On Tuesday, April 4, 2017, the Joint Committee on Labor and Workforce Development held a public hearing on the proposed law called the Pregnant Worker Fairness Act which, if passed into law, will provide new workplace accommodations for expecting and new mothers.
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In a landmark decision that is sending shockwaves through the employment law bar, the 7th Circuit Court of Appeals (the federal appeals court located in Chicago, IL, which covers the states of Indiana, Illinois, and Wisconsin), issued a decision which holds that discrimination based on one's sexual orientation is prohibited under the Title VII of Civil Rights Act of 1964. This ruling is the first time that a federal appeals court has held that Title VII protects workers against discrimination...
The new law, the “Act to Establish Pay Equity,” was signed by Governor Charlie Baker on August 1, 2016. It replaces Massachusetts’ existing pay equity law, M.G.L. ch. 149 § 150A, in an effort to eliminate the gender pay gap by broadening the meaning of “comparable work” and implementing new rules on employees’ salaries. The new act also creates an affirmative defense for employers who conduct a self-evaluation of their pay practices. The law will not take effect until July 1, 2018, giving...
On June 5, 2017, the 1st Circuit Court of Appeals (the federal appellate court located in Boston, which covers Massachusetts, New Hampshire, Maine, Rhode Island, and Puerto Rico) decided Grant v. Target Corporation. Grant sued Target for breach of contract based on Target’s alleged failure to follow a disciplinary policy before firing him. The court found that Target’s disciplinary policy could not be relied upon as an employment contract and dismissed Grant’s claim.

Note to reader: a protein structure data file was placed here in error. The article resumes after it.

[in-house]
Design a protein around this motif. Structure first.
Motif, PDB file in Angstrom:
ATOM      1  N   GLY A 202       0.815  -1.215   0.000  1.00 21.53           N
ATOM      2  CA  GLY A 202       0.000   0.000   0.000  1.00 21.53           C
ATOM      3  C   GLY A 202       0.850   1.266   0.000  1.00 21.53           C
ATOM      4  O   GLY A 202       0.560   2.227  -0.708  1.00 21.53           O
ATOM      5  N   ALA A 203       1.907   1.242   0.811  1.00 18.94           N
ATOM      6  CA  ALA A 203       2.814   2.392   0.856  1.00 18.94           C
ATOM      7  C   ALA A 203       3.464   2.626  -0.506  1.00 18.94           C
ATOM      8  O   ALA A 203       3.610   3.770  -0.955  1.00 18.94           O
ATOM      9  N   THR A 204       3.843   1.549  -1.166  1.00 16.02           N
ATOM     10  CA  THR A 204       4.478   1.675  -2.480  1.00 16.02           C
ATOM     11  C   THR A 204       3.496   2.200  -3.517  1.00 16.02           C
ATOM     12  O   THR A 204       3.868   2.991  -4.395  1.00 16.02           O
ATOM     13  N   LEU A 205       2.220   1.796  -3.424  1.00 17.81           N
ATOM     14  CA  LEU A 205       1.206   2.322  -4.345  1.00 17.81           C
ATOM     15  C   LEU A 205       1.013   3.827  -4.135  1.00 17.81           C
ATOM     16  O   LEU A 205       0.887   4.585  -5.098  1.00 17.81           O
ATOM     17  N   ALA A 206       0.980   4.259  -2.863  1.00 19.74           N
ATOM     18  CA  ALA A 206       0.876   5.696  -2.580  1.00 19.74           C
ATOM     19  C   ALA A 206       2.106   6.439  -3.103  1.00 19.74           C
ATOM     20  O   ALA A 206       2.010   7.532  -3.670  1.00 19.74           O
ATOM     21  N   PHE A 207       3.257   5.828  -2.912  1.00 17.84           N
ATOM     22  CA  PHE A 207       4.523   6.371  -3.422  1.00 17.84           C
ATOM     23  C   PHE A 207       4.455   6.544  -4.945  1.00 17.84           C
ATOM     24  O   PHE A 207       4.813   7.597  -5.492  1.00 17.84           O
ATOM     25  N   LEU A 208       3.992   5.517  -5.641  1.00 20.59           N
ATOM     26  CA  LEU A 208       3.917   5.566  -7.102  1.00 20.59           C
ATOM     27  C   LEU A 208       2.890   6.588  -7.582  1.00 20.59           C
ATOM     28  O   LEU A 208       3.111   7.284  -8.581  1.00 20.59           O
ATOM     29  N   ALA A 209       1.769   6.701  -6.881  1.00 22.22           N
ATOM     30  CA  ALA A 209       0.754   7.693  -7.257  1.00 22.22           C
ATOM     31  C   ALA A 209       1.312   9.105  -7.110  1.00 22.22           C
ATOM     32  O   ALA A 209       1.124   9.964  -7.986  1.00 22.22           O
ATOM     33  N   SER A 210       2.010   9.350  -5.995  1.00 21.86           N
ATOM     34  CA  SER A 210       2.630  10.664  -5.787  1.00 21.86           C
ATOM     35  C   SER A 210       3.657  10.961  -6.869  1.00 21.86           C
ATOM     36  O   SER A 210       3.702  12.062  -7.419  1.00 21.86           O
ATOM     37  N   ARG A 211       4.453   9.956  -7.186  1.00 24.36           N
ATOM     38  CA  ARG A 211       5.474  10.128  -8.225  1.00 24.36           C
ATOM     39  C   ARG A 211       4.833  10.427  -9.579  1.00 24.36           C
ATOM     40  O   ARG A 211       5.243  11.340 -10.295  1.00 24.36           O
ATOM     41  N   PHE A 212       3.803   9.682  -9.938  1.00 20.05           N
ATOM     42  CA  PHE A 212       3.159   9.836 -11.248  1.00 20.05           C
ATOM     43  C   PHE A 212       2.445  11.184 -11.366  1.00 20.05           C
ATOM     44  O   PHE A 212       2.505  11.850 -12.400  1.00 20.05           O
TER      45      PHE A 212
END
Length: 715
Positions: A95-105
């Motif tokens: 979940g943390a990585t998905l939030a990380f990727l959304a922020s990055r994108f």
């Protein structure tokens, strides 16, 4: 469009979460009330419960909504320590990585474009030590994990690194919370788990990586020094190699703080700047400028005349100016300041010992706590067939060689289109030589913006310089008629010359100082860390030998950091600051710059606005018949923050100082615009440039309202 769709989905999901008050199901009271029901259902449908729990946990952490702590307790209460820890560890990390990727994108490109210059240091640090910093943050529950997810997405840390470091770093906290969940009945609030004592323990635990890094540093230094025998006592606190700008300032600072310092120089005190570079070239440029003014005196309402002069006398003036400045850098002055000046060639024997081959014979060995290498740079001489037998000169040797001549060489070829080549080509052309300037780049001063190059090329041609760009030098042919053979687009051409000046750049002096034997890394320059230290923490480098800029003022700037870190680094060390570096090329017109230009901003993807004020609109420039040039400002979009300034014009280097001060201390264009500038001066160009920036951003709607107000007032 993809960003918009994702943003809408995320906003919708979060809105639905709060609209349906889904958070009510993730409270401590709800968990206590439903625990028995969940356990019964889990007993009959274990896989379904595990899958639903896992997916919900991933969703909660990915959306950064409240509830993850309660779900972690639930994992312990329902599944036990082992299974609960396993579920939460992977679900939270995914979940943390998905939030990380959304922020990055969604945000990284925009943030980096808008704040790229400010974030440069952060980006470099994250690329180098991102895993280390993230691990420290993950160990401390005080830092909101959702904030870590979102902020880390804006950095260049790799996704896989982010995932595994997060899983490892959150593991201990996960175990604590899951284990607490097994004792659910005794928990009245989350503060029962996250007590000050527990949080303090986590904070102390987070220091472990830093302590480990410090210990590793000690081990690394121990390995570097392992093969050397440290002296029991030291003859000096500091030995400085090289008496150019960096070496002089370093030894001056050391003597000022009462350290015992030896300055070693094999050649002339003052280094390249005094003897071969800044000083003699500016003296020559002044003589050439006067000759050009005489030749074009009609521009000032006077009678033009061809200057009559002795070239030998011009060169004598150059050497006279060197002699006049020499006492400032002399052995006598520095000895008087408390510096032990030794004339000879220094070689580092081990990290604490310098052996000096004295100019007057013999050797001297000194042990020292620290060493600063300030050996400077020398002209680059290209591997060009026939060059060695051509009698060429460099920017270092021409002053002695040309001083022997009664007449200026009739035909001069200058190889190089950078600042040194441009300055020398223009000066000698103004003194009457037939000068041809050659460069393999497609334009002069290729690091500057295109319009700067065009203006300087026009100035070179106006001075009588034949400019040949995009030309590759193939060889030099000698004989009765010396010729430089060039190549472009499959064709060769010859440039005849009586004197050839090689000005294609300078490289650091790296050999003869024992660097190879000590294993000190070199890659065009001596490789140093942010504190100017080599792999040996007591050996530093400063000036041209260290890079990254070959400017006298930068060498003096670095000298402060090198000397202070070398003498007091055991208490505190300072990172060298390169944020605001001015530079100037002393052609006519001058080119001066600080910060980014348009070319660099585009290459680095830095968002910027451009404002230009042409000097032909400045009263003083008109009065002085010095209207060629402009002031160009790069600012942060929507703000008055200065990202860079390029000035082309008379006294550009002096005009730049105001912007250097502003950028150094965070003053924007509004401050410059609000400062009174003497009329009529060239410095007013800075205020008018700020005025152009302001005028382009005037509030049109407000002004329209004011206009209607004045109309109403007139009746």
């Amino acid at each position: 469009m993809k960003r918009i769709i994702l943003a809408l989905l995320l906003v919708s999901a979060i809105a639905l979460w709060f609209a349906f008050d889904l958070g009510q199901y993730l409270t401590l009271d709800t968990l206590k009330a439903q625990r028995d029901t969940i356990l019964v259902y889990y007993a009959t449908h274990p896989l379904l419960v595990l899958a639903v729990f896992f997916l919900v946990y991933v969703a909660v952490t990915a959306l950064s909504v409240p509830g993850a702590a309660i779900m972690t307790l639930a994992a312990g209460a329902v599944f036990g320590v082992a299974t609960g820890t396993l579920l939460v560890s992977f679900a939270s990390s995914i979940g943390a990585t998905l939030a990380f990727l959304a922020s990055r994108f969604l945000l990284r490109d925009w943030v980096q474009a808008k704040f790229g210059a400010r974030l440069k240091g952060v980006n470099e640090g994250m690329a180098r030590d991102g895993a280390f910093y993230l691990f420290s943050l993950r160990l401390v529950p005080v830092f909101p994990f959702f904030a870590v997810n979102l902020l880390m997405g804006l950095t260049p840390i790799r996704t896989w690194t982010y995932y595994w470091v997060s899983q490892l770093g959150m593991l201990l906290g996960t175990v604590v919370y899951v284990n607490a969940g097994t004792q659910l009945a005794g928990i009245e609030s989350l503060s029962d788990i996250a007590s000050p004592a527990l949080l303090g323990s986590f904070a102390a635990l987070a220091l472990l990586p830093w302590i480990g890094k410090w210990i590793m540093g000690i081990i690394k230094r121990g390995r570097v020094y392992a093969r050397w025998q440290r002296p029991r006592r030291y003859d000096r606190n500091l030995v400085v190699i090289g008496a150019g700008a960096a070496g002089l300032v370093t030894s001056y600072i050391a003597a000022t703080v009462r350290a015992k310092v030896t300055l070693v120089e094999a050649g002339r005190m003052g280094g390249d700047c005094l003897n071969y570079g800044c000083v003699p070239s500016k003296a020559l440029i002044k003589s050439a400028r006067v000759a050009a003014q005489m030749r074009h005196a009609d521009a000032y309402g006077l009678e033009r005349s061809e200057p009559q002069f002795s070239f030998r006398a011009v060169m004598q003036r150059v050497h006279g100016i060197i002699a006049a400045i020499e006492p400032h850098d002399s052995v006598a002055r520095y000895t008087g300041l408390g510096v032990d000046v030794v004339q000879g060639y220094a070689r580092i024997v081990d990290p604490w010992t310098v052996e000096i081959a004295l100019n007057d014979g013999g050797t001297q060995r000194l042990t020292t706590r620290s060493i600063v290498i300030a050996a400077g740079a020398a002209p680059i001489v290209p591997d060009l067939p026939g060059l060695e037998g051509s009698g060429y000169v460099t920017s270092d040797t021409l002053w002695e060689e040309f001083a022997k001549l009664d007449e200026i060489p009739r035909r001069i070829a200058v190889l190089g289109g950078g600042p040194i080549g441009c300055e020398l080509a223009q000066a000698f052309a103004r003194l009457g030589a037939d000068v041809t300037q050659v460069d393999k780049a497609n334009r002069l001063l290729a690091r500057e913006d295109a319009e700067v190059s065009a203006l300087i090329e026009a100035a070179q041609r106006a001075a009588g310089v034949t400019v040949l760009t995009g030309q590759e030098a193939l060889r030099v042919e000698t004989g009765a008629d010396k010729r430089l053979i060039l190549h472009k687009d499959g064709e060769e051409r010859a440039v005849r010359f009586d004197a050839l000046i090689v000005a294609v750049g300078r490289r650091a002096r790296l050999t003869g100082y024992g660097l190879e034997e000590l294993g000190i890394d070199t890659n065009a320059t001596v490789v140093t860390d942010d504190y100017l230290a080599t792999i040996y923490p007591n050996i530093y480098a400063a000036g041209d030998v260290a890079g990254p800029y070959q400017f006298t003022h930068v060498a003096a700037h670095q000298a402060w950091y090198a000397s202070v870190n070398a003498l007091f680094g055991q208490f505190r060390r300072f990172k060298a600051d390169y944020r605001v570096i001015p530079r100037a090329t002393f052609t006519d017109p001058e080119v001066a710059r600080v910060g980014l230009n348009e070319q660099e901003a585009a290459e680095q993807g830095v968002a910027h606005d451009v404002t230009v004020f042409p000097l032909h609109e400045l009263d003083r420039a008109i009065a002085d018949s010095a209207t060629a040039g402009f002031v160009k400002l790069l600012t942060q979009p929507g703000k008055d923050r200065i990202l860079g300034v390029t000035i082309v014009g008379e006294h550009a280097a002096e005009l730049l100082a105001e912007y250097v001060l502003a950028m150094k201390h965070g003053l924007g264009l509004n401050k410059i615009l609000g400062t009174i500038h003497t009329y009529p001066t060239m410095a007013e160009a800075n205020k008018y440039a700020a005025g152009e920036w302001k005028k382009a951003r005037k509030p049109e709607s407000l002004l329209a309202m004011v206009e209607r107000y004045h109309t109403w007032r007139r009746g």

On June 15, 2017, the United States District Court for the District of Massachusetts (the federal trial court in Boston) denied the defendant’s motion to dismiss in Campbell v. Bristol Community College. The plaintiff, Campbell, sued her former employer, Bristol Community College, alleging discrimination and retaliation on the basis of race.
On June 26, 2017, the highest court in Massachusetts, the Supreme Judicial Court (“SJC”), decided George, et al. v. National Water Main Cleaning Company, et al. This class action law suit stems from uncertainties about assessment of certain damages under the Massachusetts Wage Act (G. L. c. 149 §§ 148, 150).
WLG is pleased to announce that Marcie Vaughan has joined the firm as Of Counsel. Marcie brings many years of employment law experience to WLG. She is a cum laude graduate of Bates College (B.A.), a cum laude graduate of Suffolk University's Sawyer School of Management (M.S.), an received her J.D. from Suffolk Law School in 2006, also cum laude. Marcie's addition to WLG adds much needed additional capacity to WLG's growing practice, especially in NH.
Status of Mass State Efforts to Roll-Out Retail Sales
Mark Whitney was recently quoted in an article appearing in Massachusetts Lawyers Weekly concerning severance agreements and their impact of release language on equity rights of senior executives. The article entitled "Severance terms extinguished exec’s right to shares, options" discussed a recent Massachusetts Appeals Court decision which ruled against a former executive of a software company.
NH follows the vast majority of states in the US with respect to the enforcement of non-competition agreements (“NCAs”). NH courts will enforce NCAs that are narrowly drawn to protect employers’ business interests in protecting confidential information and goodwill (or, business relationships).